In Hole U1547A, microbiologists sampled drilling fluid (seawater) and mudline water from the top of the first section of the first core. On the core receiving platform, immediately after cutting the core into sections, sterile cut-end syringes were used to collect sediment plugs from the center of WR cores for total cell counts and to trace and quantify the potential microbial contamination during drilling. In addition, mudline water was filtered or frozen to monitor potential surface microbial contaminants. Borehole fluid was also collected from the Kuster FTS tool and fixed for cell counts or filtered for molecular analysis. In Hole U1547B, WR sediment samples were also collected on the core receiving platform and instantaneously transferred to a cold room (4°C) and fixed, stored anaerobically at 4°C in trilaminated foil barrier bags, and flushed with nitrogen or directly frozen at −80°C for shore-based analyses. Fixed cells were stained and counted by using epifluorescence microscopy. Incubations as well as radiotracer and stable isotope experiments were carried out on board.
During the past week, the Petrophysics team measured 41 Hole U1546C cores on the Whole-Round Multisensor Logger (WRMSL; without P-wave velocity) and Natural Gamma Radiation Logger (NGRL). Our data are consistent with the presence of a ~75 m thick sill alternating with sediments in the recovered Hole U1546C succession. For the section halves of igneous rocks, cubes collected for paleomagnetic measurements were used for moisture and density (MAD) analyses and discrete P-wave velocity measurements. Coherent igneous rock pieces 10–20 cm in length were selected for P-wave velocity and thermal conductivity measurements. The downhole logging data enabled the exact determination of the sill and contact zone thickness. For Hole U1547A, 27 cores (penetrating to a depth of ~140 mbsf), were measured with the WRMSL, NGR, and Thermal Conductivity Meter (TCON). We finished discrete MAD measurements (every other core), rheology, and P-wave velocity (one section per core). For Hole U1547B, 49 cores were recovered to a depth of ~200 m. We measured physical properties (WRMSL, NGRL, and TCON) on the cores left behind from the extensive microbiology sampling on the core receiving platform. MAD samples were taken from every other core after splitting to correlate with the headspace gas analysis except on the disturbed sediments from Cores 23F to 27F. Beneath a depth of ~140 mbsf, selected cubes and pieces of igneous rocks were sampled for discrete P-wave velocity, MAD, and TCON analyses according to the hard rock measurement protocol.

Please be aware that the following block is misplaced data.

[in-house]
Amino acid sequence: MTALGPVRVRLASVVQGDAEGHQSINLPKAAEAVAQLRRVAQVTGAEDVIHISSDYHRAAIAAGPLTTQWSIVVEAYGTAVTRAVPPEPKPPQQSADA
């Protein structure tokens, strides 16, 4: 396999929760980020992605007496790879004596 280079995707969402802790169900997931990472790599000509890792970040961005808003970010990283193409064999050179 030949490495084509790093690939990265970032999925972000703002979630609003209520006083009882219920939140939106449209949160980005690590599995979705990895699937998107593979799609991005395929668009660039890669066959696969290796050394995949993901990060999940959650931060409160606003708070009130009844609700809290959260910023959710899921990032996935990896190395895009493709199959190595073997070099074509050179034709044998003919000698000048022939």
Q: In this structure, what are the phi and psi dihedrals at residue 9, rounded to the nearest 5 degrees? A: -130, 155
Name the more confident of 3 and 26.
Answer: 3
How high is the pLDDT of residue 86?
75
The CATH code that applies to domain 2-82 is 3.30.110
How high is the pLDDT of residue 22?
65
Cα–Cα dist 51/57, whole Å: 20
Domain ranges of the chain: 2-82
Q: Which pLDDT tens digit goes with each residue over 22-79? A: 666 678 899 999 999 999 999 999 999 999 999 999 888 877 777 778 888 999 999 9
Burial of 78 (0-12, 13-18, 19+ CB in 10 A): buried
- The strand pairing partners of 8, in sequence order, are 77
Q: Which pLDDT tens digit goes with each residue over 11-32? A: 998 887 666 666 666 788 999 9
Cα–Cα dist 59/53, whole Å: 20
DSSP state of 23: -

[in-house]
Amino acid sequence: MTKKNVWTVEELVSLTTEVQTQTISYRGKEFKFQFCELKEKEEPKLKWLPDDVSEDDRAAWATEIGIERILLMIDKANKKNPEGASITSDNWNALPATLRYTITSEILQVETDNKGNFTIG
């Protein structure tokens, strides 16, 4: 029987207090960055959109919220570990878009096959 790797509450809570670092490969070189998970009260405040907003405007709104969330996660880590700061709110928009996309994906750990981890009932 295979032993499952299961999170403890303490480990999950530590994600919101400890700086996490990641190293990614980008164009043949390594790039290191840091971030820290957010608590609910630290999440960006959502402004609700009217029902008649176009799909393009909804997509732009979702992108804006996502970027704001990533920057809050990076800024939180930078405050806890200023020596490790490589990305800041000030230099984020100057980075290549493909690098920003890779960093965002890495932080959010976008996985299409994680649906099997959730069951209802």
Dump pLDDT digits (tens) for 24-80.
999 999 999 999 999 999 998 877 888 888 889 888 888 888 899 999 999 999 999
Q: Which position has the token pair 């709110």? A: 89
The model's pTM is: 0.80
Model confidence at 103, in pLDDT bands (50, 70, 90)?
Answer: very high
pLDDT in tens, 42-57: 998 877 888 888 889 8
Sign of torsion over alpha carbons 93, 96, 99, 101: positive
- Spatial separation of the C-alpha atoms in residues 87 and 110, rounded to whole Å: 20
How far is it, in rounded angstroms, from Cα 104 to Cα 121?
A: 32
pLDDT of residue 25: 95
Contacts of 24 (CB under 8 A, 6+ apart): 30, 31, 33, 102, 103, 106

During the fifth week of Expedition 385, we released 16 posts on Facebook (https://www.facebook.com/joidesresolution), which produced 2,439 engagements and 26 new followers. On Twitter (https://twitter.com/TheJR), 12 tweets generated 13 new followers and 365 engagements. The Instagram account (http://instagram.com/joides_resolution) released eight posts that produced 506 engagements and 35 new followers. Our weekly takeover of the AGU Instagram account on 17–18 October included seven posts that gained 1,425 engagements and 1,305 likes. We published three blog posts with 479 views combined. The expedition’s website (https://joidesresolution.org/expedition/385/) had 249 new views.